Secretary of State Pompeo visits Pyongyang, could leave with detained Americans

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Secretary of State Pompeo visits Pyongyang, could leave with detained Americans


Mike Pompeo

U.S. Secretary of State Mike Pompeo flew into Pyongyang on Wednesday to continue planning President Donald Trump's summit with North Korean leader Kim Jong-un and possibly secure the release of three Americans detained by the regime.

Pompeo’s visit came just 40 days after his first top-secret trip to meet Kim in Pyongyang, when he was Trump’s secretary of state nominee and director of the Central Intelligence Agency.

Pompeo flew from Japan and upon arrival headed to the Koryo Hotel for meetings with North Korean officials.

Pompeo told reporters on a plane from Yokota Air Base in Japan to Pyongyang that the purpose of his visit was “to put in place a framework for a successful summit between the two presidents.”

He said there is a “second piece” to the visit, which is “to make sure that we’re square about what it isn’t, what our expectations are not.”
Pompeo continued, “We’re not going to relieve sanctions until such time as we achieved our objectives. We are not going to do this in small increments, where the world is essentially coerced into relieving economic pressure.”

Pyongyang has been calling for a “phased and synchronized" approach toward denuclearization. The Trump administration has been maintaining a hard-line posture, emphasizing that it will adhere to its sanctions and pressure campaign until North Korea shows meaningful action.

On the prisoners held by North Korea, Pompeo said, “We have been asking for the release of these detainees for – this administration for 17 months.”

He added that this will be discussed in his meeting with North Korean officials and that it would “be a great gesture” if they choose to release the prisoners. He said he hoped Pyongyang would “do the right thing.”

The three detainees are Korean-Americans and two have been held since 2017. The third has been held since 2015.

Pompeo was also expected to return to Washington with an exact time and location for the Trump-Kim summit.

The Blue House also confirmed Wednesday that it was informed beforehand by the White House of Pompeo’s visit to Pyongyang. A Blue House official told reporters, “The White House NSC [National Security Council], timed with the departure of Secretary Pompeo, informed our government of his visit to North Korea.”

A Blue House official also told reporters in Seoul Wednesday that North Korea is expected to release three Americans it has detained, timed with Pompeo’s visit, saying he is expected to bring back a “date, time and captives.”

The return of the American prisoners would be a goodwill gesture ahead of the summit.

North Korean leader Kim held a summit with Chinese President Xi Jinping in the port city of Dalian during a two-day China trip that concluded on Tuesday, their second meeting in less than two months.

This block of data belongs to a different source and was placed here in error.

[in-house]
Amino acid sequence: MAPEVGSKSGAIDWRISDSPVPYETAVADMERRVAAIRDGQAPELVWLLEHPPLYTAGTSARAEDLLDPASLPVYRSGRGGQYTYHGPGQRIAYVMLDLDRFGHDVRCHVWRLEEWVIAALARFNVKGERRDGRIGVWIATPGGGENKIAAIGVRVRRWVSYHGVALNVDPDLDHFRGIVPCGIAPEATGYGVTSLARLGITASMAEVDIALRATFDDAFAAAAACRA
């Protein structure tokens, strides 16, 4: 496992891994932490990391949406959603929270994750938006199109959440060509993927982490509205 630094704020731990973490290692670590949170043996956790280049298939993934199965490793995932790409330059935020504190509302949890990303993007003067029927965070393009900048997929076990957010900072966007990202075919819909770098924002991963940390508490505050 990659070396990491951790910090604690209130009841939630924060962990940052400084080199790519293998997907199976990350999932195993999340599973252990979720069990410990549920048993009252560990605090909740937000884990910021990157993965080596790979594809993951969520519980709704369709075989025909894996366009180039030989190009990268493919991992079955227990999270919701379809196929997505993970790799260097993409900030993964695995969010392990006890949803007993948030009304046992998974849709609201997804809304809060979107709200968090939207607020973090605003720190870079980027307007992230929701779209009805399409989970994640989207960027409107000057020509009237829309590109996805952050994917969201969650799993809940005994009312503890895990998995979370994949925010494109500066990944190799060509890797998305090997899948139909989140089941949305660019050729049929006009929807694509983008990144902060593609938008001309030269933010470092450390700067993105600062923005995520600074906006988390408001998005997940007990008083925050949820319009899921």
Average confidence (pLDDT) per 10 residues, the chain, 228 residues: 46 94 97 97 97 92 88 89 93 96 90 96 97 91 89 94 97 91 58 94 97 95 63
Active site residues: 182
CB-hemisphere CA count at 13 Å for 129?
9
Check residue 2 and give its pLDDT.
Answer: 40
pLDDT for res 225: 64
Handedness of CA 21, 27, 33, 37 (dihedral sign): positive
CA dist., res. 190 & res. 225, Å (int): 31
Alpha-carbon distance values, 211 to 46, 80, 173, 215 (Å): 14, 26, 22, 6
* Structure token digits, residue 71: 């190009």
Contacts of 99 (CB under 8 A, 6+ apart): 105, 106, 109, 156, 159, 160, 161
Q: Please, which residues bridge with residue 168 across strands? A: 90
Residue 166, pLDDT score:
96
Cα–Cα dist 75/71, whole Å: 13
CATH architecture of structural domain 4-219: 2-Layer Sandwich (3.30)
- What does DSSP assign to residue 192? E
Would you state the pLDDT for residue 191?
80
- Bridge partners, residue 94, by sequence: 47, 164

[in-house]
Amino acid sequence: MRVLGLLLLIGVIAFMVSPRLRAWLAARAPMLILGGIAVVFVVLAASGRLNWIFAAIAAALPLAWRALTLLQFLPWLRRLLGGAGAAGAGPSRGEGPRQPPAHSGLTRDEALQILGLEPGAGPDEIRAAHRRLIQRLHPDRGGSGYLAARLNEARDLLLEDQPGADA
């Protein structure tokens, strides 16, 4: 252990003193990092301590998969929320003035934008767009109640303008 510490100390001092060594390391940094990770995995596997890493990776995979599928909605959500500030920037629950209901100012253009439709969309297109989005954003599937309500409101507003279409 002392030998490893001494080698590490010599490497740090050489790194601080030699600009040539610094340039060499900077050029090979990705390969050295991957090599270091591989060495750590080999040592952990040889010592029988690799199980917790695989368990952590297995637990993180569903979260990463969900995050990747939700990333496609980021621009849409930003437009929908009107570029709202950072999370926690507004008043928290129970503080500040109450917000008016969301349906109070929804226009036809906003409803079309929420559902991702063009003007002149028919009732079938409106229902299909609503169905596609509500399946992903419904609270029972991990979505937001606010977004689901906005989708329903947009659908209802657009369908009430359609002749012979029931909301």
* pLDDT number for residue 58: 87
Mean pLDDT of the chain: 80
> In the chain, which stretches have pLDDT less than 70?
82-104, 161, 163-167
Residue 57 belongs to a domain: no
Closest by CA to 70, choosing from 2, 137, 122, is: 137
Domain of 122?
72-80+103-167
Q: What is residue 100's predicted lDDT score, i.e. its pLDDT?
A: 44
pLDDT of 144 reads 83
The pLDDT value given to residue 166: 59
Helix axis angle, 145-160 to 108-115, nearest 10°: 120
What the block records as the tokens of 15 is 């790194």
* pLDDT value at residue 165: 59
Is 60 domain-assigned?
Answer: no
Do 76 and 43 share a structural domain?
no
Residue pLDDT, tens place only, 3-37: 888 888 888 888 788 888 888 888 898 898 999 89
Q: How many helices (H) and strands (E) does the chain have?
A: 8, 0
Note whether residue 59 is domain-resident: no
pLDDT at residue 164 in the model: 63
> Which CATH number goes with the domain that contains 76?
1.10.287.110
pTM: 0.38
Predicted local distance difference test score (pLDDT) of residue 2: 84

Pompeo tweeted that he was heading back to North Korean “at the invitation of the North Korean leadership” and that he looked “forward to planning a successful summit between President Trump and Kim Jong-un.”

Just ahead of Pompeo’s visit, Trump declared in Washington Tuesday that he was withdrawing from the landmark 2015 nuclear deal with Iran.

Trump broke news of Pompeo’s visit as he made the announcement to withdraw from the deal, adding it sends a critical message that, “The United States no longer makes empty threats. When I make promises, I keep them.”

“In fact, at this very moment, Secretary Pompeo is on his way to North Korea in preparation for my upcoming meeting with Kim Jong-un,” he continued. “Plans are being made. Relationships are building. Hopefully, a deal will happen and, with the help of China, South Korea and Japan, a future of great prosperity and security can be achieved for everyone.

When asked about whether the detained Americans would be freed, Trump replied, “We’ll all soon be finding out. We will soon be finding out. It would be a great thing if they are.”

John Bolton, the White House national security adviser, made a direct link between the Iran nuclear deal and North Korea during a press briefing Tuesday on Washington’s decision to withdraw from the Joint Comprehensive Plan of Action, signed in 2015 by Iran and China, France, Germany, Russia, the United Kingdom and the United States, lifting economic sanctions on Iran in return for restrictions on the country’s nuclear weapons program.

“I think another aspect of the withdrawal that was announced today is to establish positions of strength for the United States, and it will have implications not simply for Iran, but for the forthcoming meeting with Kim Jong-un of North Korea,” said Bolton. “It sends a very clear signal that the United States will not accept inadequate deals, as the president said.”

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